Juvies (the)

The Juvies – Playin’ Hookie

Rage Records Rage LP 106 [1990]
Blackboard Jungle Alligator Shoes No Way Out Breakin’ It Up Gotta Run Playin’ Hookie Jukebox Jill Sunset This Morning On The Road Into The Fire

The Juvies, from Yorkshire, formed around 1984 with Darren Juvie, aka Darren Pawson (vocals and guitar), Mitch (drums), and Gary Brooks (double bass). Like Fractured, with whom they share more than one thing in common, The Juvies released only one too-short album in 1990 before disappearing two years later.

That a band of this quality leaves only these ten songs as a testament to their talent, while groups like the Rockats (the Dutch Psychobilly group) managed to release three albums definitively proves the non-existence of any Rock’n’Roll gods (sorry, guys, nothing personal).

The album starts with a strong punch in Blackboard Jungle, a track that bridges the virtuosity of Restless and the edginess of Batmobile. The next piece continues in a similar vein, with a pulsating rhythm and a double bass line reminiscent of Rumble In Brighton, leading to a clear and precise guitar explosion.

No Way Out has a strong rhythm and a disturbing atmosphere, characterized by haunting guitar riffs and intense vocals, which deviates a bit from the usual genre standards. Jukebox Jill is a brilliant demonstration of Neo-Rockabilly at its best, with its upbeat rhythm, galloping guitar, and nervous vocals. The Juvies take the melody from Got My Mojo Working and transform it into Sunset In the Morning. This is not a mere copy but a brilliant adaptation, as the trio changes the lyrics and creates a new genre that could be defined as Neo-Rockabilly-Blues.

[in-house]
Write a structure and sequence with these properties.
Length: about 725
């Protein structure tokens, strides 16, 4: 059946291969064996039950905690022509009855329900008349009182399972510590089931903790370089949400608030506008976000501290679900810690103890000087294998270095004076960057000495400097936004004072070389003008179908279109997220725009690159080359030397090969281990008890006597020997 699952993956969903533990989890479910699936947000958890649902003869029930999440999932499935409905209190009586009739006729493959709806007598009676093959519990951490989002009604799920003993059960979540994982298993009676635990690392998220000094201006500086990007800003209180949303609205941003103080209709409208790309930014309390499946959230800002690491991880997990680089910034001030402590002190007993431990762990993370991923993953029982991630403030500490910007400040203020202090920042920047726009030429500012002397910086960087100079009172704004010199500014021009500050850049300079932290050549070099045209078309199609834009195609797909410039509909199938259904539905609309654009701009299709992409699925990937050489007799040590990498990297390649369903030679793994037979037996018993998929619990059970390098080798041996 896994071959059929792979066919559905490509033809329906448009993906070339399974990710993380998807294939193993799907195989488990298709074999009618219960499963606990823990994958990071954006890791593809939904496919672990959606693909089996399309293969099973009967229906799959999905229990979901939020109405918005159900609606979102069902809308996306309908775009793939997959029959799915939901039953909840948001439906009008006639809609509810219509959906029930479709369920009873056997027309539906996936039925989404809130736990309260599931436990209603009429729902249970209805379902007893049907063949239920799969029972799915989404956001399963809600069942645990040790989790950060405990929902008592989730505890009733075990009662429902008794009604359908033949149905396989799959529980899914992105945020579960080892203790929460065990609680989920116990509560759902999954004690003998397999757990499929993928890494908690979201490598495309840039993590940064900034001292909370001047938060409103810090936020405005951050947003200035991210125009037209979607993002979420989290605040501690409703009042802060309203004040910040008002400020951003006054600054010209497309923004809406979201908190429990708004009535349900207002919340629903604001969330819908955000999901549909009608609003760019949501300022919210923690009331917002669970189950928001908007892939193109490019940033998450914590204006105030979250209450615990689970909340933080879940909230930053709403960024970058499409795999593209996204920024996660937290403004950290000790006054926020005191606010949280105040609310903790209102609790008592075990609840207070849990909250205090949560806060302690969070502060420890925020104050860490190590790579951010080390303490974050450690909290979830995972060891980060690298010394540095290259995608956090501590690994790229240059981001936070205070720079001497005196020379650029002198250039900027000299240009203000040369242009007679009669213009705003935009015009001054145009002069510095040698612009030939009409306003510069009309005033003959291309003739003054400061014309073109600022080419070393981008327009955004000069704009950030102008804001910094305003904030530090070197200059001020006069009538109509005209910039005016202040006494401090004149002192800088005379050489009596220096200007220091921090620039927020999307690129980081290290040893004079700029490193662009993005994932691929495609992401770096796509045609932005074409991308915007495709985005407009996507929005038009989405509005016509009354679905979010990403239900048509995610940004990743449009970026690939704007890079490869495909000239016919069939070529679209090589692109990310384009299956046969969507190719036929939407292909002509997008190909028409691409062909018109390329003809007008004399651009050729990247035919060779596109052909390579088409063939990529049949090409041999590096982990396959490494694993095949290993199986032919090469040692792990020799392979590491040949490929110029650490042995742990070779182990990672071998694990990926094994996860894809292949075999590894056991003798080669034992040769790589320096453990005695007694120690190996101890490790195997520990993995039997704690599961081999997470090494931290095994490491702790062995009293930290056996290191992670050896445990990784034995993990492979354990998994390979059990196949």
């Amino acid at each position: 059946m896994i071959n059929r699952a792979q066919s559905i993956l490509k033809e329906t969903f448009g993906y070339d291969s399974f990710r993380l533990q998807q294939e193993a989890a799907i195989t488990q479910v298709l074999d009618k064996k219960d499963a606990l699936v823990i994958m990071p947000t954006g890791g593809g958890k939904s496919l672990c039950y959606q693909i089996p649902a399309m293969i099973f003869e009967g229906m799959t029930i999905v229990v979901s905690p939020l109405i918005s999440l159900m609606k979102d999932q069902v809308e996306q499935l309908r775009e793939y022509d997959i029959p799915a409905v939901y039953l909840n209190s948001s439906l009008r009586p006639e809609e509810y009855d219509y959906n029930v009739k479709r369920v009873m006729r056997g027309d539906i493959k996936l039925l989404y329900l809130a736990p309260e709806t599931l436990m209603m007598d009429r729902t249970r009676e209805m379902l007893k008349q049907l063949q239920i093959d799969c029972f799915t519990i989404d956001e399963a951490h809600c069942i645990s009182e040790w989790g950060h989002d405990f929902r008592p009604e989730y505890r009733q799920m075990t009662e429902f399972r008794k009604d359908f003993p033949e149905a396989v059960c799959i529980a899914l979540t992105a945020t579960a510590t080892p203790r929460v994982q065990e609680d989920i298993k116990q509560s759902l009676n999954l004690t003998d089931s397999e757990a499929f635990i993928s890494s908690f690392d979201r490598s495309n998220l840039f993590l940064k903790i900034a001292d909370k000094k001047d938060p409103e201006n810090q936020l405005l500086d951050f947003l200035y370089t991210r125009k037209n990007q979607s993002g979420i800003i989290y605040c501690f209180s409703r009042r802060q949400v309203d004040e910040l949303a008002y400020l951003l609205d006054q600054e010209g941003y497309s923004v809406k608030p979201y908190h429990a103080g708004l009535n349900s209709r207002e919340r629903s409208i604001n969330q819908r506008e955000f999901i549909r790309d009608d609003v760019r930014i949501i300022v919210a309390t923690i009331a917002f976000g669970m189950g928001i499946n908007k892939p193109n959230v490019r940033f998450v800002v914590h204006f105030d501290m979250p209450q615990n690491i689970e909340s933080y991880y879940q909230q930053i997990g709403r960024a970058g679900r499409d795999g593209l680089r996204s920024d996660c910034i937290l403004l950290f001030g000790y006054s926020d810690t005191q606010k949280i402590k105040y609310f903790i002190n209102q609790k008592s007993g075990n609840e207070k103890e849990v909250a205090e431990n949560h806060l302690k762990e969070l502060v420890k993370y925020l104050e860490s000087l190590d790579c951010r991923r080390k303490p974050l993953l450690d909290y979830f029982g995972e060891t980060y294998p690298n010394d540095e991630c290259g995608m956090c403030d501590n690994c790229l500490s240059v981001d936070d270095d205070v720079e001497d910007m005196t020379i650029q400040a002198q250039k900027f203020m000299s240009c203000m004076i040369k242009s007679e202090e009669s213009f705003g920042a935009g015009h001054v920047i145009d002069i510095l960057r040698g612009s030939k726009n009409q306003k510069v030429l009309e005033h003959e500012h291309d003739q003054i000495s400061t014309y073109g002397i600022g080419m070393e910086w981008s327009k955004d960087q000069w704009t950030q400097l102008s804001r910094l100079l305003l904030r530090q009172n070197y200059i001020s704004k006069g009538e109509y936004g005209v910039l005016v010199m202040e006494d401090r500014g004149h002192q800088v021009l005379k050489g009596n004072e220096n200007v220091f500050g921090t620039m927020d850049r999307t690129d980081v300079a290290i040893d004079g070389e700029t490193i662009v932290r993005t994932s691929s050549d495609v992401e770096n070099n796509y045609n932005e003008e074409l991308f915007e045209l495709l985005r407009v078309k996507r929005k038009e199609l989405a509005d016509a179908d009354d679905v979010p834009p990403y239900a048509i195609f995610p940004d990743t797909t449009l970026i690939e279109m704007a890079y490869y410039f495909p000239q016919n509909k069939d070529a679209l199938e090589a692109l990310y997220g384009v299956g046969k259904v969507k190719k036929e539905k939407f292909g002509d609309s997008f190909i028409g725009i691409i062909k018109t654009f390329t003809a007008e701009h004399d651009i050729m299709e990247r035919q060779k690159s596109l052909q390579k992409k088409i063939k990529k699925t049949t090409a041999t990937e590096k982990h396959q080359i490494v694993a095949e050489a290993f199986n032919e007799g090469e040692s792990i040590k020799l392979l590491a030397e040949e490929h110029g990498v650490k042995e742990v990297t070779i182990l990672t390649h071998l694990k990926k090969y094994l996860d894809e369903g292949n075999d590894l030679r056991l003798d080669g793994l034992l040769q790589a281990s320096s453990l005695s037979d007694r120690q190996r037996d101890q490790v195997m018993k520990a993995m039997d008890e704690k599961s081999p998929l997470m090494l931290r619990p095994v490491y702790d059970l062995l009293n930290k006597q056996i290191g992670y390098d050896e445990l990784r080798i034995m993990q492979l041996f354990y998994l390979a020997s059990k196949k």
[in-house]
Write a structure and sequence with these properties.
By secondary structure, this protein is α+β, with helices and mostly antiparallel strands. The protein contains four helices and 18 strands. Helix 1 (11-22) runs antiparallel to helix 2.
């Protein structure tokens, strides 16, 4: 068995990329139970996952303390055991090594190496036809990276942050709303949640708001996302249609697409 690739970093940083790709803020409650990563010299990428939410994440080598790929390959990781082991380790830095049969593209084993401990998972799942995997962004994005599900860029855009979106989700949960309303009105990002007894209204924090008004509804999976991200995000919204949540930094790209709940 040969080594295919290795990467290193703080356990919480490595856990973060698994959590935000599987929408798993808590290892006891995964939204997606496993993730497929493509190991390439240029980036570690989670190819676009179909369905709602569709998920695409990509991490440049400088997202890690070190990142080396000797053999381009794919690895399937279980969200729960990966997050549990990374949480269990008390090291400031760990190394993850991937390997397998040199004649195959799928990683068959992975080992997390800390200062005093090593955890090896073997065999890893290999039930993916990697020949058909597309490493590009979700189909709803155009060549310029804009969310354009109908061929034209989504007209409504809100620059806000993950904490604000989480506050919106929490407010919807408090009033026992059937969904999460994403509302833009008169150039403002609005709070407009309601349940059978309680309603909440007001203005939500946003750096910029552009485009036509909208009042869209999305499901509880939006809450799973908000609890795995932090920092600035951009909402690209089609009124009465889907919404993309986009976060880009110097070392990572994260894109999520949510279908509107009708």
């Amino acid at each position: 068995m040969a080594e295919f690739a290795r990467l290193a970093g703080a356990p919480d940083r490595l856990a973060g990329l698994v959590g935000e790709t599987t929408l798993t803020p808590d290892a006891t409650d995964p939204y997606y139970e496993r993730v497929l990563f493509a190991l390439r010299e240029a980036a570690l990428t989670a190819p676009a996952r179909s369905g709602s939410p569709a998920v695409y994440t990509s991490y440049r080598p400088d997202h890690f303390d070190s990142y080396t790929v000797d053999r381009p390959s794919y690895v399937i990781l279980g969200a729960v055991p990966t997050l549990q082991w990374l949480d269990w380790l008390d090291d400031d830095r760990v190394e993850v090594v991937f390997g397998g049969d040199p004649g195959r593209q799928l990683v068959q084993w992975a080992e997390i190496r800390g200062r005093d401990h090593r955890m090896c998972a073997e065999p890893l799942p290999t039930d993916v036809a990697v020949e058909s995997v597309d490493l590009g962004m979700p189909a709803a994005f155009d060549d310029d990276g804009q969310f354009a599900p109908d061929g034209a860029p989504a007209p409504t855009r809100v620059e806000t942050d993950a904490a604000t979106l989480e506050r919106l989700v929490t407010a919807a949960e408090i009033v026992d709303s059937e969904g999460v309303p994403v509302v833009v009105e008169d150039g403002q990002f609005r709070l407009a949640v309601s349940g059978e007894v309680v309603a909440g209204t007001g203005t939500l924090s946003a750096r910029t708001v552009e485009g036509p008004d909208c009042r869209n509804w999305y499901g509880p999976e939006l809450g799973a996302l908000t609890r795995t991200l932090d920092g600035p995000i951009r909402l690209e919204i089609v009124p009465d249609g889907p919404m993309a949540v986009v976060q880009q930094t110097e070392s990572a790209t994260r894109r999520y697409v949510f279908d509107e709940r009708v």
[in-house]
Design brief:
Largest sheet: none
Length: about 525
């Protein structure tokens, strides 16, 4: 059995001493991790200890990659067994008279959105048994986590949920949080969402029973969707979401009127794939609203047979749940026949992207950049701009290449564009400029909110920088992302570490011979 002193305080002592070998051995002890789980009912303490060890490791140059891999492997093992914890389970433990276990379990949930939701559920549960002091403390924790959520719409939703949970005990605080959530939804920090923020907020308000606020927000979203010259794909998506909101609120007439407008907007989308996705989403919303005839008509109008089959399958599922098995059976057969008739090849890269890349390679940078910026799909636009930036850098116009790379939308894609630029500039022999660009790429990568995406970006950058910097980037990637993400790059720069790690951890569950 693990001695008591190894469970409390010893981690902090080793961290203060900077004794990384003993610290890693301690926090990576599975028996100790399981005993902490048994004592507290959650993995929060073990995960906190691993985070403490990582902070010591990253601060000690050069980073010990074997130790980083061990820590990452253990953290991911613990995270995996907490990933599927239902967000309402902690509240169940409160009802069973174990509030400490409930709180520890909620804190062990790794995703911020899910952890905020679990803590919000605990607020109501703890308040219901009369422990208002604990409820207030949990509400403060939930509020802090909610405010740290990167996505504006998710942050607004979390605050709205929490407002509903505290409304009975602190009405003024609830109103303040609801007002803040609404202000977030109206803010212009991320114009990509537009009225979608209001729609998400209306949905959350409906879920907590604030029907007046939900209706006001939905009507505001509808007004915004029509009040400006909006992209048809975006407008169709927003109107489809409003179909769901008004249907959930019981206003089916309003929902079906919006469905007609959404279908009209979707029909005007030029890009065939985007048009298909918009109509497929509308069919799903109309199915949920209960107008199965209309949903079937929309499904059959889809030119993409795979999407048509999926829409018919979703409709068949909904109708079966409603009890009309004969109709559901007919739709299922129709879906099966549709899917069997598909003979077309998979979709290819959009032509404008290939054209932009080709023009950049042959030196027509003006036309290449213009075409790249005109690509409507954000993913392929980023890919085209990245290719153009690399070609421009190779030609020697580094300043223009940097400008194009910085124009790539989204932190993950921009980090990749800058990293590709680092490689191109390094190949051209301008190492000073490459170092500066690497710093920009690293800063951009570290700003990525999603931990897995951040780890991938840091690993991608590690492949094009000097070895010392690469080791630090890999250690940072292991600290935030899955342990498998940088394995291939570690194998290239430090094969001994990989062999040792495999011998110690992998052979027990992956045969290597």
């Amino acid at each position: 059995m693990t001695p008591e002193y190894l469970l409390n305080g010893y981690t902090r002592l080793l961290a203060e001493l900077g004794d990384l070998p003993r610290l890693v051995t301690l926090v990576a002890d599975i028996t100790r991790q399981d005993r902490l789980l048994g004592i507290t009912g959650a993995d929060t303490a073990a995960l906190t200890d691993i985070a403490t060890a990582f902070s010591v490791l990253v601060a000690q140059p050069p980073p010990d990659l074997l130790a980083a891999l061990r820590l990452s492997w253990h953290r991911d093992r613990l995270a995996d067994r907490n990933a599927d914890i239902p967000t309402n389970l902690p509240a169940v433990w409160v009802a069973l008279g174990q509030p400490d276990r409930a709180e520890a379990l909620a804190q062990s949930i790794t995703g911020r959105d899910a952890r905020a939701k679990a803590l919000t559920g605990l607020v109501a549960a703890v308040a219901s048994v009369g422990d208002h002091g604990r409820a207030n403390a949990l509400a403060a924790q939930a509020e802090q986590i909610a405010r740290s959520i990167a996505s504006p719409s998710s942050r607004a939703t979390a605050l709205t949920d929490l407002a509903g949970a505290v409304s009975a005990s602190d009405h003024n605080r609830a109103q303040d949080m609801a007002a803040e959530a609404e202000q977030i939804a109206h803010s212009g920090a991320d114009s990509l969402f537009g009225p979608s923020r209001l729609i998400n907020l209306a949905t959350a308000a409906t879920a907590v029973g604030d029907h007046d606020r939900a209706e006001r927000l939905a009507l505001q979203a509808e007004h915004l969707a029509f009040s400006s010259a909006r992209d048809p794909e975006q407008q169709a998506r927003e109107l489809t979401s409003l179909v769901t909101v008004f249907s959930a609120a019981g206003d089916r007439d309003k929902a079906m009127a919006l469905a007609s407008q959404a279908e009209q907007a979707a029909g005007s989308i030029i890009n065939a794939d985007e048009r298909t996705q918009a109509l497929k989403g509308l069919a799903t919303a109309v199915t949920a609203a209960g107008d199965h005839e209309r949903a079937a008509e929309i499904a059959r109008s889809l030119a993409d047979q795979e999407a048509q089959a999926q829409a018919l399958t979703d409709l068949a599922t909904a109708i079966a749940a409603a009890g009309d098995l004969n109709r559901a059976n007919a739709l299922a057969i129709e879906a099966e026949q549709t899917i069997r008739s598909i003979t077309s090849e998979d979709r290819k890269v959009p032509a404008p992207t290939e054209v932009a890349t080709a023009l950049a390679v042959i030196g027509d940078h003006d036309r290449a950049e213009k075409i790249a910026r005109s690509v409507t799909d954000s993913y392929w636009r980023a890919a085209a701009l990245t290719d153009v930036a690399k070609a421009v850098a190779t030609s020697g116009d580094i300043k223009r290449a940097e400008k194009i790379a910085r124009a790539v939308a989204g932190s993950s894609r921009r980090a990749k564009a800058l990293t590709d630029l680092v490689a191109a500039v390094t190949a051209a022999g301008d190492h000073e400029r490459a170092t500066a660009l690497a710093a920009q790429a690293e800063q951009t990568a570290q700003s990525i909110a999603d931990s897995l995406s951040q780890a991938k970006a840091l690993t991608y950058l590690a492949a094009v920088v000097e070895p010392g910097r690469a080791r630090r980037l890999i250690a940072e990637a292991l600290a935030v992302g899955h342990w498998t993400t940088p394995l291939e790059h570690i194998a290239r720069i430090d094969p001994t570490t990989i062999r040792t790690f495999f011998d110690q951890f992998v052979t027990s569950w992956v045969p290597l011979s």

On the Road combines a welcome country touch with high-end neo-rockabilly. Breakin’ It Up features a mix of neo-rockabilly, dancing rock ‘n’ roll, and doo-wop harmonies. This diverse blend is also evident in Playin’ Hookie, with an unexpected guitar solo reminiscent of the best Nitros songs. The band’s ability to transition between different musical atmospheres is highlighted in Gotta Run, a powerful rock song with a distorted guitar. The album concludes with the wild Into The Fire, demonstrating the band’s comfort in exploring diverse musical styles.

The album is produced by Darren Pawson, the band’s singer-guitarist, and Roger Tebutt (Happy Drivers, Long Tall Texans). They find the perfect balance between instruments and how to highlight each tunes. We mainly notice the care taken with the guitars’ sounds and textures, which gives a varied and constantly surprising album. In short, this far-too-short album is a success from start to finish.

Fred “Virgil” Turgis

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